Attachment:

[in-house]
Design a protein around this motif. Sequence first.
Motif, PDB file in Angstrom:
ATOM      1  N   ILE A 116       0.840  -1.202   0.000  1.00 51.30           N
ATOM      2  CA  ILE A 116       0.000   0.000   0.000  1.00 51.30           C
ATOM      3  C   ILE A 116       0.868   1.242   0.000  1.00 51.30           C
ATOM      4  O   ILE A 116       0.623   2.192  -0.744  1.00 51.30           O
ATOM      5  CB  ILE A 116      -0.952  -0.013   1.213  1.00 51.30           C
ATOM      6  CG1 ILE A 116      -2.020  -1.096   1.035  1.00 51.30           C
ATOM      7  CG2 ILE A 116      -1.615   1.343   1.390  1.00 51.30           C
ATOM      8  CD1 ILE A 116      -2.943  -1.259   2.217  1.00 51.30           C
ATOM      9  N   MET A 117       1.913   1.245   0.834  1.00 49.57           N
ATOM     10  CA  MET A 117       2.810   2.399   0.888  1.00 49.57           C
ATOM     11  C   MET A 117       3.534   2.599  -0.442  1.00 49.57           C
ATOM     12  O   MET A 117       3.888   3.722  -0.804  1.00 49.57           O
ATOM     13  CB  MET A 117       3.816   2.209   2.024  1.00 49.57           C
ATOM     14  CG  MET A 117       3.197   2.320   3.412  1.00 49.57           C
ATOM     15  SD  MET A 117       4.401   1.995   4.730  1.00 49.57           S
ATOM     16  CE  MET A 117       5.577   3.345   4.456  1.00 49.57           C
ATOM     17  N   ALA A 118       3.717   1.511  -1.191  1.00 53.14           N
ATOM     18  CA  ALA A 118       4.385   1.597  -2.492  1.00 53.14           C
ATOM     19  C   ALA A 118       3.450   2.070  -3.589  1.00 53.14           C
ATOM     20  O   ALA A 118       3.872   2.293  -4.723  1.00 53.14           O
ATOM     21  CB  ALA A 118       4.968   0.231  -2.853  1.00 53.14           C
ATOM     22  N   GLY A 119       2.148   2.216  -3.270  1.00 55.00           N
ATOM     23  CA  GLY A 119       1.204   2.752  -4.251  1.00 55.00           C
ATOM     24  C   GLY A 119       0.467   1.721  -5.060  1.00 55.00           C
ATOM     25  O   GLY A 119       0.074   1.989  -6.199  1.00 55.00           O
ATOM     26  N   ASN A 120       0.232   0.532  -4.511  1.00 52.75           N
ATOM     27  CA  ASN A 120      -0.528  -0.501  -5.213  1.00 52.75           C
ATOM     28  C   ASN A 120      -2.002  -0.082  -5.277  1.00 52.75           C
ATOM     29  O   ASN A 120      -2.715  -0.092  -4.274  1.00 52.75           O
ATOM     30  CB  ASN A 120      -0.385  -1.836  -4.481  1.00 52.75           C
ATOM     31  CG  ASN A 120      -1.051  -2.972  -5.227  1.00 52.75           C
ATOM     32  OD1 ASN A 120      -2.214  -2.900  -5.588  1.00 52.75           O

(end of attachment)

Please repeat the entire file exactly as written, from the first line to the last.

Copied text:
[in-house]
Design a protein around this motif. Sequence first.
Motif, PDB file in Angstrom:
ATOM      1  N   ILE A 116       0.840  -1.202   0.000  1.00 51.30           N
ATOM      2  CA  ILE A 116       0.000   0.000   0.000  1.00 51.30           C
ATOM      3  C   ILE A 116       0.868   1.242   0.000  1.00 51.30           C
ATOM      4  O   ILE A 116       0.623   2.192  -0.744  1.00 51.30           O
ATOM      5  CB  ILE A 116      -0.952  -0.013   1.213  1.00 51.30           C
ATOM      6  CG1 ILE A 116      -2.020  -1.096   1.035  1.00 51.30           C
ATOM      7  CG2 ILE A 116      -1.615   1.343   1.390  1.00 51.30           C
ATOM      8  CD1 ILE A 116      -2.943  -1.259   2.217  1.00 51.30           C
ATOM      9  N   MET A 117       1.913   1.245   0.834  1.00 49.57           N
ATOM     10  CA  MET A 117       2.810   2.399   0.888  1.00 49.57           C
ATOM     11  C   MET A 117       3.534   2.599  -0.442  1.00 49.57           C
ATOM     12  O   MET A 117       3.888   3.722  -0.804  1.00 49.57           O
ATOM     13  CB  MET A 117       3.816   2.209   2.024  1.00 49.57           C
ATOM     14  CG  MET A 117       3.197   2.320   3.412  1.00 49.57           C
ATOM     15  SD  MET A 117       4.401   1.995   4.730  1.00 49.57           S
ATOM     16  CE  MET A 117       5.577   3.345   4.456  1.00 49.57           C
ATOM     17  N   ALA A 118       3.717   1.511  -1.191  1.00 53.14           N
ATOM     18  CA  ALA A 118       4.385   1.597  -2.492  1.00 53.14           C
ATOM     19  C   ALA A 118       3.450   2.070  -3.589  1.00 53.14           C
ATOM     20  O   ALA A 118       3.872   2.293  -4.723  1.00 53.14           O
ATOM     21  CB  ALA A 118       4.968   0.231  -2.853  1.00 53.14           C
ATOM     22  N   GLY A 119       2.148   2.216  -3.270  1.00 55.00           N
ATOM     23  CA  GLY A 119       1.204   2.752  -4.251  1.00 55.00           C
ATOM     24  C   GLY A 119       0.467   1.721  -5.060  1.00 55.00           C
ATOM     25  O   GLY A 119       0.074   1.989  -6.199  1.00 55.00           O
ATOM     26  N   ASN A 120       0.232   0.532  -4.511  1.00 52.75           N
ATOM     27  CA  ASN A 120      -0.528  -0.501  -5.213  1.00 52.75           C
ATOM     28  C   ASN A 120      -2.002  -0.082  -5.277  1.00 52.75           C
ATOM     29  O   ASN A 120      -2.715  -0.092  -4.274  1.00 52.75           O
ATOM     30  CB  ASN A 120      -0.385  -1.836  -4.481  1.00 52.75           C
ATOM     31  CG  ASN A 120      -1.051  -2.972  -5.227  1.00 52.75           C
ATOM     32  OD1 ASN A 120      -2.214  -2.900  -5.588  1.00 52.75           O